EDB analysts also note that the return of global inflation poses significant risks to the economic development forecast for the Bank’s member states. Accelerating price rises and a strong global economic recovery raise the probability of rapid withdrawal of monetary stimulus. This is of particular importance to the U.S., whose economy could be overheated as early as 3Q 2021. With inflation persisting near 5% in the U.S. this summer, the Fed might tighten its rhetoric significantly as early as August–September 2021. This will increase capital outflows from emerging markets, amplifying their government bond yields, weakening national currencies, and raising domestic interest rates. The annual average exchange rate of the Russian rouble against the dollar in the risk scenario is projected to be 1.8% weaker in 2021 than the EDB’s baseline forecast and almost 5% weaker in 2022. Inflation in the Bank’s operating region could reach an average of 5.9% by the end of 2021, necessitating a tightening of monetary policy. This will lead to a loss of aggregate economic growth of the EDB member states, which could amount to about 0.1 p.p. in 2021–2022 compared to the baseline scenario.

Ruslan Dalenov, Vice Chairman of the EDB Management Board, summarised the key trends and forecasts: “Firstly, the EDB member economies are actively recovering in line with the global trend. Their adaptation to functioning in a pandemic can be considered a success. Secondly, at the end of 2021, the recovery the Bank’s member economies may be stronger than previously expected. Aggregate GDP growth is expected at 4%. The economies of the EDB member states will grow in the medium term even under the risk scenario. Third, inflationary pressures in the world and within the Bank’s operating region remain high. Inflationary factors are for the most part temporary, and the rate of consumer price raises in the EDB member states could decline by the end of 2021–2022.”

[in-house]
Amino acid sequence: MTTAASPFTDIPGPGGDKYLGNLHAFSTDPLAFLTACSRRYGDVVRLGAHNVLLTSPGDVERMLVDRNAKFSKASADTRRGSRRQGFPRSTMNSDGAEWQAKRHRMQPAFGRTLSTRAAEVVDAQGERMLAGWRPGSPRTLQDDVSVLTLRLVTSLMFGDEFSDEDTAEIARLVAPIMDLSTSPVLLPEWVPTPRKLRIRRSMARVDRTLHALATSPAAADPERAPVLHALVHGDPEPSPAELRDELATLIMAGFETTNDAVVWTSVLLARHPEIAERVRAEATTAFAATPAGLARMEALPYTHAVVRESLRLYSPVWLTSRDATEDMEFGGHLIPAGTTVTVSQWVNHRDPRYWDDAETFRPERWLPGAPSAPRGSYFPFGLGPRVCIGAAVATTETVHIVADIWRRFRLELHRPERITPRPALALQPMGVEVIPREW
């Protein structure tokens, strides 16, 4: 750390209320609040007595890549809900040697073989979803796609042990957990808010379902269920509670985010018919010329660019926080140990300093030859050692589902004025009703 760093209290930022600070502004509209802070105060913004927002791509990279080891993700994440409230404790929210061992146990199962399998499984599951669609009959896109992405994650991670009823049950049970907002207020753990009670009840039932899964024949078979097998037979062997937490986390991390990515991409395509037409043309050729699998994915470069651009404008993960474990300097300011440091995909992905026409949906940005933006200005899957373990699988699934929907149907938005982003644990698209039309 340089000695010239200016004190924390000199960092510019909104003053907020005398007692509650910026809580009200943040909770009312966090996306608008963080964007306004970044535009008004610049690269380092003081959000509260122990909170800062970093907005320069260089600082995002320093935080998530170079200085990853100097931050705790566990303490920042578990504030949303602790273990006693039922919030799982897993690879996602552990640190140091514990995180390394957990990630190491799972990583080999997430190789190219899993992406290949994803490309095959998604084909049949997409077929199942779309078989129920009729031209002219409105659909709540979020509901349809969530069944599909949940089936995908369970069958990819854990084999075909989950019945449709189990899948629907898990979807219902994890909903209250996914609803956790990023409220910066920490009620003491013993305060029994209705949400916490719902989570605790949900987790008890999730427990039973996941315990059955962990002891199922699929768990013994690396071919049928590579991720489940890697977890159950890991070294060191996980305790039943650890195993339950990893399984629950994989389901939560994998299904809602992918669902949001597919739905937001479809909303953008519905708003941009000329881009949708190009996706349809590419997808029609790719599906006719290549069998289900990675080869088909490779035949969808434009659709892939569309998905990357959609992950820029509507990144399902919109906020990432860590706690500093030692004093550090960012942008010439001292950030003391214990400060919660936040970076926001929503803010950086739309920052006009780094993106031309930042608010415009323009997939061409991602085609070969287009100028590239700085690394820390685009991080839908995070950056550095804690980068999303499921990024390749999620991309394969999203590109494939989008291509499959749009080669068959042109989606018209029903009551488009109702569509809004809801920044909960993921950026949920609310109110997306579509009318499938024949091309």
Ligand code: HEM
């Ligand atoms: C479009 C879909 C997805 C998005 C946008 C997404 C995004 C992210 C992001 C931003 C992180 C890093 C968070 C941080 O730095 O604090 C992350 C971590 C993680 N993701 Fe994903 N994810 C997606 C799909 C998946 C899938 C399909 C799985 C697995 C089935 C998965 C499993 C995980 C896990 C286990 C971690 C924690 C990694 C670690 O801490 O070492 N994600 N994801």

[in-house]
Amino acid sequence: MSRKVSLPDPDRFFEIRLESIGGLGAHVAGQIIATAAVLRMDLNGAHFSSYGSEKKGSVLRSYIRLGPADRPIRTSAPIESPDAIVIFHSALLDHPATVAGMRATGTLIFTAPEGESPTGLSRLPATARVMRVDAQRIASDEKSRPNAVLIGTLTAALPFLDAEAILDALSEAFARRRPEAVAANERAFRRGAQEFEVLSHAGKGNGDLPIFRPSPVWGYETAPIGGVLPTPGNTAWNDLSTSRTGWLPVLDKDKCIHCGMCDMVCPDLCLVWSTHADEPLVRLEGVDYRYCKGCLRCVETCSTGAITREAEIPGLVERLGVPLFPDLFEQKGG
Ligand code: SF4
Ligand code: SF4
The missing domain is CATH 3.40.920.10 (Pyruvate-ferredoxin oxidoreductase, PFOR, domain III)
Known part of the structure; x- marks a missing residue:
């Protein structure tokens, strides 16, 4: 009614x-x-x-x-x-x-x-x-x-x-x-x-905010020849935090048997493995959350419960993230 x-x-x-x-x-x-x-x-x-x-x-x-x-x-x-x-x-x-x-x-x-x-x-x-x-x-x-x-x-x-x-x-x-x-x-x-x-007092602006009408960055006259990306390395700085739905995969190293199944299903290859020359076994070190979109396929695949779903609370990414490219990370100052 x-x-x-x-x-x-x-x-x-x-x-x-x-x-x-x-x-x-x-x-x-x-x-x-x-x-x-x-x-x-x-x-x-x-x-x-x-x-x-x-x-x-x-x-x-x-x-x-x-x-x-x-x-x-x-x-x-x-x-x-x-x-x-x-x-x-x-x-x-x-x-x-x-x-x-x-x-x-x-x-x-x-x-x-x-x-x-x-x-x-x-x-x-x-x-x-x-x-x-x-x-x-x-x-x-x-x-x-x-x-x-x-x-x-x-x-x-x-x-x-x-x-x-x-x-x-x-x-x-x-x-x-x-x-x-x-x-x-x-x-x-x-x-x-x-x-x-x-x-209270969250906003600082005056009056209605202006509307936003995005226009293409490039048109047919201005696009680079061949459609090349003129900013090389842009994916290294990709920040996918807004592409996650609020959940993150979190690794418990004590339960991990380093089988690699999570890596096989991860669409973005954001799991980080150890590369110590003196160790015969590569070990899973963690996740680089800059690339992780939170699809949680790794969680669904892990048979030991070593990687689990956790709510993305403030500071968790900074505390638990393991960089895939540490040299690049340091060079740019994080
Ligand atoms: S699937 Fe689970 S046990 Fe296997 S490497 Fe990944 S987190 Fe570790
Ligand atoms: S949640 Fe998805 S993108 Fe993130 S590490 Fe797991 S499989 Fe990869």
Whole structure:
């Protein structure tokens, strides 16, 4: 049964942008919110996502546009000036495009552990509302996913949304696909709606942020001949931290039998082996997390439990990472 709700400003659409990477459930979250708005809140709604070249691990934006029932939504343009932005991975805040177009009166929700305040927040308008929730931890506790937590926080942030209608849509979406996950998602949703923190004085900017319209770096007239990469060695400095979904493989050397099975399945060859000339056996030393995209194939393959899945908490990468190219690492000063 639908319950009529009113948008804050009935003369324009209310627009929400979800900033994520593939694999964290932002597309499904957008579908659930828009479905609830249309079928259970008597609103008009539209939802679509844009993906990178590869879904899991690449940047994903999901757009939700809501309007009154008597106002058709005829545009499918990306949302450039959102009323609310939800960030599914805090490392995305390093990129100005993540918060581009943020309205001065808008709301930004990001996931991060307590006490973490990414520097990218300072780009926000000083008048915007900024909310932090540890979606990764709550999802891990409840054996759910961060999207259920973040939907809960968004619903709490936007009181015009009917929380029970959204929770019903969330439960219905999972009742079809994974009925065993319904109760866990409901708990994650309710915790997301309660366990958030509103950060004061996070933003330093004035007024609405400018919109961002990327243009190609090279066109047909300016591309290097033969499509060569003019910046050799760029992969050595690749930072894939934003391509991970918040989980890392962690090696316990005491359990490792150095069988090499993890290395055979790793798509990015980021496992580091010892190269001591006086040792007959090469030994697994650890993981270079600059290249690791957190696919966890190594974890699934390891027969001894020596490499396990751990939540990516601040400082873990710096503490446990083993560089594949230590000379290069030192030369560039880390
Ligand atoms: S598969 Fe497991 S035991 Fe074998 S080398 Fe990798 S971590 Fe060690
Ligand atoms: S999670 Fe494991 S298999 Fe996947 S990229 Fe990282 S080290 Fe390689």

EDB's forecasts. Key macroeconomic indicators of the Bank’s member states (baseline scenario)




Inflation (as at year-end)

Exchange rate to U.S. dollar

(the year’s average)

Interbank rate

(the year’s average)































































Note: GDP and inflation in % YoY; the exchange rate in the units of national currency to U.S. dollar; the interbank rate in % (the refinancing rate for Tajikistan).

Source: EDB calculations

The Macroeconomic Forecast is available on the Bank’s website.

Other research publications by the EDB and EFSD are available in the Research section on the Bank’s website and the Publications section on the Fund’s website.

Additional Information:

The Eurasian Development Bank (EDB) is an international financial institution promoting integration and development in its member countries. For 15 years, the Bank has worked to strengthen and broaden economic ties and foster comprehensive development in its member countries – Armenia, Belarus, Kazakhstan, the Kyrgyz Republic, Russia, and Tajikistan. The EDB's charter capital totals US $7 billion. The EDB’s portfolio mainly consists of projects with an integration effect in the areas of transport infrastructure, digitalisation, green energy, agriculture, industry, and mechanical engineering. The Bank adheres to the UN Sustainable Development Goals and ESG principles in its operations.

The Eurasian Fund for Stabilization and Development (EFSD) amounting to US$8.513 billion was formed on 9 June 2009 by the governments of the same six countries. The EFSD assists its member states in overcoming the consequences of the global financial crisis, ensuring their economic and financial stability, and fostering integration in the region. The EFSD member countries signed the Fund Management Agreement with Eurasian Development Bank giving it the role of the EFSD Resources Manager.

The EDB Media Centre:

Azima Sapargaliyeva +7 (777) 750 00 08 (Almaty)

Sergey Gorbachev +7 (916) 727 22 00 (Moscow)